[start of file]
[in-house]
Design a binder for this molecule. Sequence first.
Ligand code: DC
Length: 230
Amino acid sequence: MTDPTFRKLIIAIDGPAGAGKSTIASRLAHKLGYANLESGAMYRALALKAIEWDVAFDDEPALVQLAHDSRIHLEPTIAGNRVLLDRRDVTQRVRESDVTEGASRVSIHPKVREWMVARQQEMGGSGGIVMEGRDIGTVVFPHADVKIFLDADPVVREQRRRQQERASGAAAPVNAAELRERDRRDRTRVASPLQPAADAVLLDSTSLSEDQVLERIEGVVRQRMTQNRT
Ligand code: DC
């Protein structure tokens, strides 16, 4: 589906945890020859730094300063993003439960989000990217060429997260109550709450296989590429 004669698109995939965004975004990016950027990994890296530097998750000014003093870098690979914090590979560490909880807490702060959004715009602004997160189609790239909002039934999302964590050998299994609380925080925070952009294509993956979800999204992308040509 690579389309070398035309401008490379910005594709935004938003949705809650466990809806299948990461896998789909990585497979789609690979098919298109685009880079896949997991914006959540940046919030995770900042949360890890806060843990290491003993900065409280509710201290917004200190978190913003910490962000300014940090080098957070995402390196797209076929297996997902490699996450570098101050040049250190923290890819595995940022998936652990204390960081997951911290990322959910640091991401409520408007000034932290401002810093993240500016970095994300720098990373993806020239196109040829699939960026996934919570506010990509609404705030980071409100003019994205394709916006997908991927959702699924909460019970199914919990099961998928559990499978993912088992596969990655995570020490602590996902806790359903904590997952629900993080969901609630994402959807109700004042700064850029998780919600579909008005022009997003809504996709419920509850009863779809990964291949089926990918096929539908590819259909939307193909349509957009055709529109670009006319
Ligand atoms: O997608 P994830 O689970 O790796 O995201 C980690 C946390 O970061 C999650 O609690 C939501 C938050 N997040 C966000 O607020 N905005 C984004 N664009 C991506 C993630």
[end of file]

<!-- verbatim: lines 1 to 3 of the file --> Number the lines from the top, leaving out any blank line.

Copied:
[in-house]
Design a binder for this molecule. Sequence first.
Ligand code: DC